It won't be easy. They won't just transfer you to the vice president. But get the names of everyone in charge, and you'll be able to track them down. You can figure out their phone numbers and their emails. And they are the ones with the authority. And, considering how much money they make, it is simply not cost effective for them to waste time fighting with you on your claim. They want their staff to handle the situation promptly if for no other reason than to get you to leave them the hell alone.
3. File a complaint with the Better Business Bureau. You can Go to the Better Business Bureau. You can file a complaint online. It's easy. The BBB will contact the insurance company, and the insurance company will have to respond. The insurance company will probably insist that it is handling the matter. You'll get a letter from the BBB asking if the situation is resolved.
Say no. Do not let the BBB close the case until you get what you want from your insurance company. The BBB will continue to send letters to the insurance company, and the insurance company will continue to expend time and money to respond to the BBB. The more resources of the insurance company you consume, the more motivated the insurance company is to resolve the matter.
4. File a complaint with the state insurance commission. You will need to file the complaint with the state in which your insurance company is headquartered. Although I live in Washington State, my insurance is through Independence Blue Cross of Pennsylvania. Washington State has no jurisdiction.
If my experience is in any way indicative of the way the insurance commissions typically handle such complaints -- and I'm pretty sure it is -- the investigator assigned to your case will be overworked, underpaid, and won't give a shit whether your insurance company engages in unfair practices. But that doesn't matter.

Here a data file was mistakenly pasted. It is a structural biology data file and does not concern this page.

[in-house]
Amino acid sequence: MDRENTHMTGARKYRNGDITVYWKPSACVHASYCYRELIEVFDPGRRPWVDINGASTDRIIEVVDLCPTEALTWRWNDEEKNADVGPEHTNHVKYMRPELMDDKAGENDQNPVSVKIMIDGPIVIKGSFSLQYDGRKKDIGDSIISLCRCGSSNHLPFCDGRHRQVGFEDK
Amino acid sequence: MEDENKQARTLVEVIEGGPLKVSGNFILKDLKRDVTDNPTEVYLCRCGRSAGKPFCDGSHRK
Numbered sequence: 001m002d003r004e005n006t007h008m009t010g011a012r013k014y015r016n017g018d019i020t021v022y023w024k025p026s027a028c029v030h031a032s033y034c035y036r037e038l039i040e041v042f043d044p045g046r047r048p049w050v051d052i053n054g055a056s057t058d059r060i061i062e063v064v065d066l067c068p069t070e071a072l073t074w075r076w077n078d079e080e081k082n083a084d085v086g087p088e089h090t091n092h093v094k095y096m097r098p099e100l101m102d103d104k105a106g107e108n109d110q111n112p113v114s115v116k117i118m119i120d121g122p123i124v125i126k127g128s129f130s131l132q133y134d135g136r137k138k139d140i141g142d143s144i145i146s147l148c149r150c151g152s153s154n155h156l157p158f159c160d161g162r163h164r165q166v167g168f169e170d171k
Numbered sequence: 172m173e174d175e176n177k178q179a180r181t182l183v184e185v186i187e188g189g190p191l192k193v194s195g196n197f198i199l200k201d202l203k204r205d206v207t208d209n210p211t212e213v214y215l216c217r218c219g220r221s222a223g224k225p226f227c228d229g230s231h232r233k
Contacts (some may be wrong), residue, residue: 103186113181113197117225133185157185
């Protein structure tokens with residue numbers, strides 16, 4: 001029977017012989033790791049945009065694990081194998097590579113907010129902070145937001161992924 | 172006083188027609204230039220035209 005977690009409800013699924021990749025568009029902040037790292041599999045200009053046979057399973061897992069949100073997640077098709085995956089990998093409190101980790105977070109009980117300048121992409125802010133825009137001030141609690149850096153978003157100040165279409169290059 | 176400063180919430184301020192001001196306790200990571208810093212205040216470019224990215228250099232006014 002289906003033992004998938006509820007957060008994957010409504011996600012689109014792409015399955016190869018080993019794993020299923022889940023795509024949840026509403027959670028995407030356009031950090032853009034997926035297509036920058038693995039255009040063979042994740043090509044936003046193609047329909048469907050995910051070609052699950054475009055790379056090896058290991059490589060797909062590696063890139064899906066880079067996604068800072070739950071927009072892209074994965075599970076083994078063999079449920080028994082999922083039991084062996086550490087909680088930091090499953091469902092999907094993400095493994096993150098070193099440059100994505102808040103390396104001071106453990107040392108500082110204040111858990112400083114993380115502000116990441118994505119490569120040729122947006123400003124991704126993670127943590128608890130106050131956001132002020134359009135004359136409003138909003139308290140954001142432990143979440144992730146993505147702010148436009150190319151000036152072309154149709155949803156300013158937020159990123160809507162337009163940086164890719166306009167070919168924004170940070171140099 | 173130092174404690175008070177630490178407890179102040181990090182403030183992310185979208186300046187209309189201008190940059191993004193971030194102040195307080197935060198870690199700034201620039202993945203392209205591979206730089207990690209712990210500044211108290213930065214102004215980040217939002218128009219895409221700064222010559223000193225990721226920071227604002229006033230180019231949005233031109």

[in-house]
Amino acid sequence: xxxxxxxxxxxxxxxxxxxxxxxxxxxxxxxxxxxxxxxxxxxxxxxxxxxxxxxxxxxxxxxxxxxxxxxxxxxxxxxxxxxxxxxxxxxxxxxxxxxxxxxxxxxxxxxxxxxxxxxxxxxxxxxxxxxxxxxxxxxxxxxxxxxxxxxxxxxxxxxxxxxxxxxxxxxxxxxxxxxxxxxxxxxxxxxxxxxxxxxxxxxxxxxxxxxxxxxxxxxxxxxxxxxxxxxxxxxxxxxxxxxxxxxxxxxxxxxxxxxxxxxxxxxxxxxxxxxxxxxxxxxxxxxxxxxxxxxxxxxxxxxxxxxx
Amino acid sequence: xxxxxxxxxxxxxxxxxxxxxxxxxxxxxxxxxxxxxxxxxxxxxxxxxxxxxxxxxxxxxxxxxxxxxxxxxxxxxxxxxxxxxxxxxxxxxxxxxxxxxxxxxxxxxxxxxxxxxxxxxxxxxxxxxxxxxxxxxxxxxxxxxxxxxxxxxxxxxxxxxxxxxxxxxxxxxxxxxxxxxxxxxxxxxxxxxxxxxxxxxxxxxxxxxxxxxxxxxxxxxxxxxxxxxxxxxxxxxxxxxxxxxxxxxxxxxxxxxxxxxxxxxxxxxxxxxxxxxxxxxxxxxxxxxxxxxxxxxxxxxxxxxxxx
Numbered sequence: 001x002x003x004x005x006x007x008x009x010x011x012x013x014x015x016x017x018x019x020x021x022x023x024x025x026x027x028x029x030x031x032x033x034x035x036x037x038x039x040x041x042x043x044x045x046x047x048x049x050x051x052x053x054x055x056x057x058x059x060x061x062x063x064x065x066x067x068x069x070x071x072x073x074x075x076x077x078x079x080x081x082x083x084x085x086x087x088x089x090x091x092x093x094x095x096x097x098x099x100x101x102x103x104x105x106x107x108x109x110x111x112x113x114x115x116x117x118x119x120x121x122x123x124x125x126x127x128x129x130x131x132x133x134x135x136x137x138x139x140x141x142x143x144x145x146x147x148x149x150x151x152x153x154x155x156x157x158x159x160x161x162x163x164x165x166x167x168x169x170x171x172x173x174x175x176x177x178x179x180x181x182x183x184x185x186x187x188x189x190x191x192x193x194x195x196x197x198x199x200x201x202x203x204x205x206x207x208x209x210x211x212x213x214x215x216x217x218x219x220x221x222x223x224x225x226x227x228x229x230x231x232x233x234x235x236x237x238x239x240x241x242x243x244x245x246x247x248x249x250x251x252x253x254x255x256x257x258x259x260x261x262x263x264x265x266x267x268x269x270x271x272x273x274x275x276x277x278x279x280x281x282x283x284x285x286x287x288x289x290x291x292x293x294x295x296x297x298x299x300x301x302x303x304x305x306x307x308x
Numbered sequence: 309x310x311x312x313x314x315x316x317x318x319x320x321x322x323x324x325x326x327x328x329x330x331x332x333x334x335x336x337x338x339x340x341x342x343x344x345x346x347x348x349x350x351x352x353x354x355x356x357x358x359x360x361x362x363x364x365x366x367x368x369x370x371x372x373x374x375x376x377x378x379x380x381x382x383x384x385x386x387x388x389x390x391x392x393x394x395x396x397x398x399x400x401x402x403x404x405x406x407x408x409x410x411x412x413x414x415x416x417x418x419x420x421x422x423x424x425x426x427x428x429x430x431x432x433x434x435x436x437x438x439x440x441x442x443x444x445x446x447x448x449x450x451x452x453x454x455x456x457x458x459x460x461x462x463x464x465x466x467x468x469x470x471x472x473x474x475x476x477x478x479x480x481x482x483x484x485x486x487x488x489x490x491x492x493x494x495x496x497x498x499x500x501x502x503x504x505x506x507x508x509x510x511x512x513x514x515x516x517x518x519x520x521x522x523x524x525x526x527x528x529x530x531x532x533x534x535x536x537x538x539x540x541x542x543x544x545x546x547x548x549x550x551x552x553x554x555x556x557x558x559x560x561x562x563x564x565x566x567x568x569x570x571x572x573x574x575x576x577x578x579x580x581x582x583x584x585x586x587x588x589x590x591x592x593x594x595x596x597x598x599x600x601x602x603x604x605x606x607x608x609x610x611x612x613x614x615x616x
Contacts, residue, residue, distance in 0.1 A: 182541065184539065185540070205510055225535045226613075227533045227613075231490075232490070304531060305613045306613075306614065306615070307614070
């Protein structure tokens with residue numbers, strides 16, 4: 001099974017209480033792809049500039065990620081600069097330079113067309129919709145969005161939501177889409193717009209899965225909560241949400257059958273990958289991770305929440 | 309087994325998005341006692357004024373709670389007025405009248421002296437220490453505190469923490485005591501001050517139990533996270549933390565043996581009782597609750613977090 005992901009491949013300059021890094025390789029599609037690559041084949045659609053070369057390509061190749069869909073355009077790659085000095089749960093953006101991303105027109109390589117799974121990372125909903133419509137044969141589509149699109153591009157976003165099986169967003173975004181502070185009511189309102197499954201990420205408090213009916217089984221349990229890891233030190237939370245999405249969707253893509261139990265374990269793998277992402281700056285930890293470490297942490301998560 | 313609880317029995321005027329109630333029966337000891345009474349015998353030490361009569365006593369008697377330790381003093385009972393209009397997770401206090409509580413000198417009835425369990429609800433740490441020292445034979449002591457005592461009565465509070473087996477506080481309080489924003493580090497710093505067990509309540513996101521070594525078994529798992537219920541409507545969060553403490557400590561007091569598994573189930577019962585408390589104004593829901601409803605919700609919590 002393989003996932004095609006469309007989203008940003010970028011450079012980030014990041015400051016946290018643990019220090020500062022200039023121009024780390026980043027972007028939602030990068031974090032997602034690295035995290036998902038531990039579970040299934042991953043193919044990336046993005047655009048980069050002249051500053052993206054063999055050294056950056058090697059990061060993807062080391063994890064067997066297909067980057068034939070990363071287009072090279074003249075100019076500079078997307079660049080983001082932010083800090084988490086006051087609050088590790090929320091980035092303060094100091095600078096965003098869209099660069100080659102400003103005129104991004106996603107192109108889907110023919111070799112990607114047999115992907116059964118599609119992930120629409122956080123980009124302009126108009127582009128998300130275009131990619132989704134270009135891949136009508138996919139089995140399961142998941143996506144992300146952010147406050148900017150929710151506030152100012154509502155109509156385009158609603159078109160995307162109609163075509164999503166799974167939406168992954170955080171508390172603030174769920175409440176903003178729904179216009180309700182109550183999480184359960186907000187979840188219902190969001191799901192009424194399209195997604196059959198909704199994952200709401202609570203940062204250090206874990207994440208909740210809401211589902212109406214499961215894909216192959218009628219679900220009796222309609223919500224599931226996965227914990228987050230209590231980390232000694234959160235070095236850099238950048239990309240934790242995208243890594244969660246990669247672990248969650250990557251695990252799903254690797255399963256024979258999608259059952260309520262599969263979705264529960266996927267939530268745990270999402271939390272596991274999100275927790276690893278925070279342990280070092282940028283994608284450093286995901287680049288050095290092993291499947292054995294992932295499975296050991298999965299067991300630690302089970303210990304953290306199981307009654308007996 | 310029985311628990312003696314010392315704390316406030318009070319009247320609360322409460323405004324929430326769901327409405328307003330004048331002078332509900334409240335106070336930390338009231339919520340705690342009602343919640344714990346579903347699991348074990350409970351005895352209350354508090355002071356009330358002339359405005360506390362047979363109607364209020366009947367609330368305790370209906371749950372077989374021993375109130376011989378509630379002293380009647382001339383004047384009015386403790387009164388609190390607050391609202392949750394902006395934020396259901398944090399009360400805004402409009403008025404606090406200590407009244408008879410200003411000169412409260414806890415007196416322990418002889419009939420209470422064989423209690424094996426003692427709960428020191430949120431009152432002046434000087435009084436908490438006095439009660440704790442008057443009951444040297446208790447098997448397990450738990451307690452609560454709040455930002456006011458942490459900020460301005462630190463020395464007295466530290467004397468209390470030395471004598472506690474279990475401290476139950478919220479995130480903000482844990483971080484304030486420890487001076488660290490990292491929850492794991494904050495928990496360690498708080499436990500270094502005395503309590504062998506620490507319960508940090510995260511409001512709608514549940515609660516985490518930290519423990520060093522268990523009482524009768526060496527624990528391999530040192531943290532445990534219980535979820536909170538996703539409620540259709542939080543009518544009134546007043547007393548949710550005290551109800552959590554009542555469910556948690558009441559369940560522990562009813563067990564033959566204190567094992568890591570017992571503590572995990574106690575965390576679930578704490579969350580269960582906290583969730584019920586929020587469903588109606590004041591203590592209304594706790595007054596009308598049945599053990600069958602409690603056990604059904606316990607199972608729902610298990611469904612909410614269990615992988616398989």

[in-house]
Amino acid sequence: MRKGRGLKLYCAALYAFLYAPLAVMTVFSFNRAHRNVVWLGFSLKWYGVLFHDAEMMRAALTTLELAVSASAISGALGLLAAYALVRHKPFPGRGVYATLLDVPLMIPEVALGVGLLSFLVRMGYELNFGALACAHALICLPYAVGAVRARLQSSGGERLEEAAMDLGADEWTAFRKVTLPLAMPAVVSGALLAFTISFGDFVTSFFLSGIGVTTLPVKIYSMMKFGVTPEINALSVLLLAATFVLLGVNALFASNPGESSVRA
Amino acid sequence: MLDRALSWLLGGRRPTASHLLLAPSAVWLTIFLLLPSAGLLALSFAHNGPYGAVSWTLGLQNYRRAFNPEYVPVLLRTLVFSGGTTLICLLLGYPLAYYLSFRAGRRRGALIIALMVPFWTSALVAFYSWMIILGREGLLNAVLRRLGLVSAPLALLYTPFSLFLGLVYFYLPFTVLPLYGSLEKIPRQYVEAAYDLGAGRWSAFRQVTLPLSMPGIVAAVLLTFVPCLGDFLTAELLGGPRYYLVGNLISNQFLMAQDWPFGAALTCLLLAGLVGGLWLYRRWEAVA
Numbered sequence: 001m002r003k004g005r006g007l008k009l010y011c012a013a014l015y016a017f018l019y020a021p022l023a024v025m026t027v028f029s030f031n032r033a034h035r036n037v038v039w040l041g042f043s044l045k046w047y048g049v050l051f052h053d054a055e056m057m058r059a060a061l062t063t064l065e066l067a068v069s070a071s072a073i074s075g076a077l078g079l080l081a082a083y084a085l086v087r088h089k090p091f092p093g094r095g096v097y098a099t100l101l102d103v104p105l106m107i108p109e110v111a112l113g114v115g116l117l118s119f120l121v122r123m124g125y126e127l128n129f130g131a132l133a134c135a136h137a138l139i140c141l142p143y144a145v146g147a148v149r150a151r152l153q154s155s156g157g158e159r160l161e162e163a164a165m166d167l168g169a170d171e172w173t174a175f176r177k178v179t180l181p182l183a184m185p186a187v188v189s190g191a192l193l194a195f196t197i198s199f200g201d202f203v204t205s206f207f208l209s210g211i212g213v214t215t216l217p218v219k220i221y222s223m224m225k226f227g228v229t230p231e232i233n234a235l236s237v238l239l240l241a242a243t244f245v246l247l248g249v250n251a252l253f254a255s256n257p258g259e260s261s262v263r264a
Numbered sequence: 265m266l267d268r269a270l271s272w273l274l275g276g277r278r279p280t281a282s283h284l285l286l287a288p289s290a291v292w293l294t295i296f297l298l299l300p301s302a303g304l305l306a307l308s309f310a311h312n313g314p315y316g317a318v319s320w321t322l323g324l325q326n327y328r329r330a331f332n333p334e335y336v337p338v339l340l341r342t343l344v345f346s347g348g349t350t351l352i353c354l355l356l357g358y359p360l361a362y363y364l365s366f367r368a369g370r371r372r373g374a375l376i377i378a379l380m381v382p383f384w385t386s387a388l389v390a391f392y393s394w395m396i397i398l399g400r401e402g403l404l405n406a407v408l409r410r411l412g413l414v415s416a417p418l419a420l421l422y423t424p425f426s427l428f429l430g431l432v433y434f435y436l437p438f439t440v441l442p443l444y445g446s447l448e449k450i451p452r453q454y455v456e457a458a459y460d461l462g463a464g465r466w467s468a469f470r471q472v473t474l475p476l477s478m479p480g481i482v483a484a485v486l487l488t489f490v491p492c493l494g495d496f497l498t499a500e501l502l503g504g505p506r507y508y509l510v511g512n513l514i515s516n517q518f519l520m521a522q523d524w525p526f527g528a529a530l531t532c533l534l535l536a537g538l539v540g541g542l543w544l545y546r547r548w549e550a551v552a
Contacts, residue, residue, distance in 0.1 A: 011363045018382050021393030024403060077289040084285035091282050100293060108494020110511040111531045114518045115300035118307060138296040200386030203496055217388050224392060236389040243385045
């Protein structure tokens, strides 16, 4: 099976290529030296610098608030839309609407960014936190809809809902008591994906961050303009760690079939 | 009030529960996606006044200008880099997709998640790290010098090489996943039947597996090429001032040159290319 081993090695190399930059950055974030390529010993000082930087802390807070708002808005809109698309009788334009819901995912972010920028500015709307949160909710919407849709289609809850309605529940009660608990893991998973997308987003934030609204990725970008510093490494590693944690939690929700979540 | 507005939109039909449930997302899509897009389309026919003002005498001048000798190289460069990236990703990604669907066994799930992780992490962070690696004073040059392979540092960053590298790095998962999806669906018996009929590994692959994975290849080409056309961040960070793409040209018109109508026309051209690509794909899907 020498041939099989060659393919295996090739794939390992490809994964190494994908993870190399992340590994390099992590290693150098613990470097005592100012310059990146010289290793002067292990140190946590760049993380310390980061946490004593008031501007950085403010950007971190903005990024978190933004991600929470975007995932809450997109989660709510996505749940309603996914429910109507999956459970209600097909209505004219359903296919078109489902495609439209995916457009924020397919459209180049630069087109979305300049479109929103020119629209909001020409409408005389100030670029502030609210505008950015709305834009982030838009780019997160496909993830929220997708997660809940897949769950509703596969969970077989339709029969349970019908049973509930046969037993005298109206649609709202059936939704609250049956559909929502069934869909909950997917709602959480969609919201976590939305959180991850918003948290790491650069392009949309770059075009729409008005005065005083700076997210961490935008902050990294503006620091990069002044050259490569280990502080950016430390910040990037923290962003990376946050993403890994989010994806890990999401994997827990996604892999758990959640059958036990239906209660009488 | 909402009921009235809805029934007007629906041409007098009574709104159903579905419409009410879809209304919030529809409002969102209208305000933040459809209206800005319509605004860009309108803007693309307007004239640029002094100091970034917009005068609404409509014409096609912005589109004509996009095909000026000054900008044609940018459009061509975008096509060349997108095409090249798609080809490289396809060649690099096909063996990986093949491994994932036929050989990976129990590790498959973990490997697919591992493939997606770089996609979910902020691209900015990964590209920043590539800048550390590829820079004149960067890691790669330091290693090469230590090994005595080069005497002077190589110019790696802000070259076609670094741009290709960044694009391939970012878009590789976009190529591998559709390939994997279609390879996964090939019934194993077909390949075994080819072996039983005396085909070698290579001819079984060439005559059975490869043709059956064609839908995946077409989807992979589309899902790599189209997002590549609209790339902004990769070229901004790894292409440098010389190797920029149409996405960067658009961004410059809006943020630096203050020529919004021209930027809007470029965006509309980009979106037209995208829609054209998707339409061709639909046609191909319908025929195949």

Because the investigator will still be required to send a letter to your insurance company. And your insurance company will still have to expend resources to respond. And your insurance company does not want to spend its time and money responding to your complaints. So the more complaints you file, the more motivated the company is to resolve the matter.
5. Don't give up. They will try to wear you down. They will bounce you from department to department. They will say they never received your claim. They will say you sent it to the wrong place. They will say you are wrong. They will say there is nothing they can do. They will tell you to read your contract. Heck, they might even send you big, thick copies of your contract to prove that they are right and you are wrong.
But don't give up. That's what they want. That's how they make their money. That's how they win.
Do not let them win.
Fight them every step of the way.
And you can win too.
If you are having problems with Independence Blue Cross in Pennsylvania, email me and I will provide you with the contact information for all of the appropriate people: the president and his senior director, the vice president, manager of the appeals department, and several other useful names.